Quiet morning


My favorite plant right now: Cyperus papyrus

My friend Loree over at Danger Garden has been encouraging her readers to choose a favorite plant from their gardens every week. She does this in her "favorite plant of the week..." posts, and although I'm not organized enough to pick a favorite every week and post about it, sometimes a plant really shines and I take notice.

Right now in my slowing-down-for-winter garden it's papyrus that is the star. It's usually on the side of the house -- the perfect location during the summer -- but a strong wind blew it over this past weekend, and seeing how it missed crushing one of my cactus by inches, I decided to pull it into the front yard. It blew over there too, but when I picked it back up a day later, well, it's just wonderful!


Take 2: 1977 tillers

Since I've been writing this blog for almost five years now with almost 1600 posts, you'd think that I would repeat myself quite often. It seems inevitable that I'd inadvertently visit at least a few topics more than once, doesn't it? Good gardens change every year though, as do the viewpoints of their gardeners. Throw unpredictable weather, some travel, and pure chance/luck into the mix and you get almost continual variety in post subjects. Repeating myself hasn't been a problem (I hope).

Once in a while though I want to repeat myself, and show you some posts back from the earlier days of this blog that you may have missed or forgotten about. Things that I think are worth a second look. That's what I'm doing today, as I repost an old one. (Yep, a rerun!)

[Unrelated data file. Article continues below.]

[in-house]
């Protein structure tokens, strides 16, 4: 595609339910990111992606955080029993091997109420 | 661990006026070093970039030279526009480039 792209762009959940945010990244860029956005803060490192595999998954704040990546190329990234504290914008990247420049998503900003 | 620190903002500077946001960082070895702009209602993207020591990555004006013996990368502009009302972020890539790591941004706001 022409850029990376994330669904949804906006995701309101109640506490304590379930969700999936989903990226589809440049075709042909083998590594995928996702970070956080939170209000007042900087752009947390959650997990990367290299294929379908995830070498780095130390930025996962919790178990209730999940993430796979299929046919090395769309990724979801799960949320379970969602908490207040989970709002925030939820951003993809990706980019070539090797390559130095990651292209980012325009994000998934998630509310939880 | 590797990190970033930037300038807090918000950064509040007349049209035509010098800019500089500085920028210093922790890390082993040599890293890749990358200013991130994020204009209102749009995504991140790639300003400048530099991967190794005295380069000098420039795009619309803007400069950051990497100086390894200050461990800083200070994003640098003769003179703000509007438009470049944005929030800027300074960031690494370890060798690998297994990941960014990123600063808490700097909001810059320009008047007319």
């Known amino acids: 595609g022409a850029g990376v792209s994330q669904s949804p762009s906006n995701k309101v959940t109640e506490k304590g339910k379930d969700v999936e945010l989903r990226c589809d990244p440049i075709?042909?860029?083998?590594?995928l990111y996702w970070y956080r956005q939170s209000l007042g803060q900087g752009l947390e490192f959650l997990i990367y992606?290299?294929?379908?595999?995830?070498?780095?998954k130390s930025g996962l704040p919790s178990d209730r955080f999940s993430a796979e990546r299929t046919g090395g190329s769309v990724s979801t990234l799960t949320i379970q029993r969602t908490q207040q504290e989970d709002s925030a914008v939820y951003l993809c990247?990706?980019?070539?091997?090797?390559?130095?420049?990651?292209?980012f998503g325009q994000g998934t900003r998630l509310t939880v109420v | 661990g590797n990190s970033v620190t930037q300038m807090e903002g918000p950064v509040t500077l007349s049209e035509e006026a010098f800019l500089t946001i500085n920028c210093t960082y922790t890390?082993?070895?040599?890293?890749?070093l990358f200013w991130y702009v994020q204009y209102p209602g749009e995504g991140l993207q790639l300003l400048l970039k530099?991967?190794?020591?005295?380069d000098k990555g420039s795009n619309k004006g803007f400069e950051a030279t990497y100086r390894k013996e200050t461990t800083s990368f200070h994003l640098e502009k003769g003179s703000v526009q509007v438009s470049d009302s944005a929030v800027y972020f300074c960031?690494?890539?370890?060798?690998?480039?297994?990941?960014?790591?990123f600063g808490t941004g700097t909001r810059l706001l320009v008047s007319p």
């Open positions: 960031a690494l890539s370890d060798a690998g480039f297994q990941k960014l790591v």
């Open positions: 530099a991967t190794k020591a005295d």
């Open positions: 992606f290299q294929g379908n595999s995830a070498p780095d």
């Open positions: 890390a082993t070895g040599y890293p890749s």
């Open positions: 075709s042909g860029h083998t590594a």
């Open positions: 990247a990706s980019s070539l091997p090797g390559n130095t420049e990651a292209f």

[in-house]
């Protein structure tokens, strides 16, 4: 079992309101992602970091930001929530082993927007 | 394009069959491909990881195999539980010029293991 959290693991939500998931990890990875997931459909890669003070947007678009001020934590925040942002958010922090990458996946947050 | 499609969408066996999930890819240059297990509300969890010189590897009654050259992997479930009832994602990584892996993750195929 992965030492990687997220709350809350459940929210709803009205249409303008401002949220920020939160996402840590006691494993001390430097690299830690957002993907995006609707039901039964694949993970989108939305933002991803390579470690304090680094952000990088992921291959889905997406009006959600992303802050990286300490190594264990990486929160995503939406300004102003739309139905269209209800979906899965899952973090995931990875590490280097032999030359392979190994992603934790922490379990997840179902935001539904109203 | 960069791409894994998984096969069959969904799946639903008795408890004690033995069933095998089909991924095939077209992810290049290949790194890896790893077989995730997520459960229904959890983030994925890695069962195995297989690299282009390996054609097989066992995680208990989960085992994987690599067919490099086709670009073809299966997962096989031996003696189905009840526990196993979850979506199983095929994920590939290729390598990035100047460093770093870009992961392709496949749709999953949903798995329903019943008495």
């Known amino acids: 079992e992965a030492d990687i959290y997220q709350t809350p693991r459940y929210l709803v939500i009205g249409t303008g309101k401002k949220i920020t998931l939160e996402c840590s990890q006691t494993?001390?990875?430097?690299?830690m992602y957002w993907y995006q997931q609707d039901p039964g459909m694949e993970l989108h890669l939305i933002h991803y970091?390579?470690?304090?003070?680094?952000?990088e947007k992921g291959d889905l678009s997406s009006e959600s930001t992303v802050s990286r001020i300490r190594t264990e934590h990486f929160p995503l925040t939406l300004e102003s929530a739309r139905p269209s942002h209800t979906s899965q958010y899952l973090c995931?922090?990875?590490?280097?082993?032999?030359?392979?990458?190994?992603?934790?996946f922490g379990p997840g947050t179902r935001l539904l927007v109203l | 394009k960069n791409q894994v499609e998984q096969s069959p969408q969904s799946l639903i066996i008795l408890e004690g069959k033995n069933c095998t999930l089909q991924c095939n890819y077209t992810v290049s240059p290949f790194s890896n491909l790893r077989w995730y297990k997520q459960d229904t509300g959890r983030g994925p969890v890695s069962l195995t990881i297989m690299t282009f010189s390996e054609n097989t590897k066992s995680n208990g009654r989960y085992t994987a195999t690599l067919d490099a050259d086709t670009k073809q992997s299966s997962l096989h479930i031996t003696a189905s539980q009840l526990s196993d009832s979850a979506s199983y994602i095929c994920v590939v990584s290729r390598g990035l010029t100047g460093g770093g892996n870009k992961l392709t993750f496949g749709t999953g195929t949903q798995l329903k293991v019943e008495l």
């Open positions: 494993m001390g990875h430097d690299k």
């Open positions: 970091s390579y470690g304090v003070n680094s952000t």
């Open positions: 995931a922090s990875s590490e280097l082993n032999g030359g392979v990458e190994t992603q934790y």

It's allergy season

Well, it is for me. Pollen counts are not very high at this time of year, so what gives? It turns out that pollen doesn't bother me too much. My nemesis in the allergen community is mold spores. The falling leaves bring beauty, but autumn rains -- as we're getting this morning -- trigger a mold spore outbreak.

Anybody care to take a guess where St. Louis is on this map? Yep, right in the "hotspot" for mold.


Review: Conant Weather Station

I've been testing another product this summer, one that is important but not essential in these modern times of connectivity: a thermometer! Is it strange that I've never had a thermometer in my garden until this year? My problem was being spoiled for choice: there are so many different types of thermometers available, how would I choose the right one for me? I knew that I didn't want to go strictly functional, so something plastic or digital wasn't right.

When this spring I was contacted by Conant, an "Annapolis, MD-based manufacturer of high-quality functional home & garden decor", asking if there was something from their catalog that I'd be interested in reviewing, I was only slightly interested -- until I saw that they have a wide selection of weather instruments.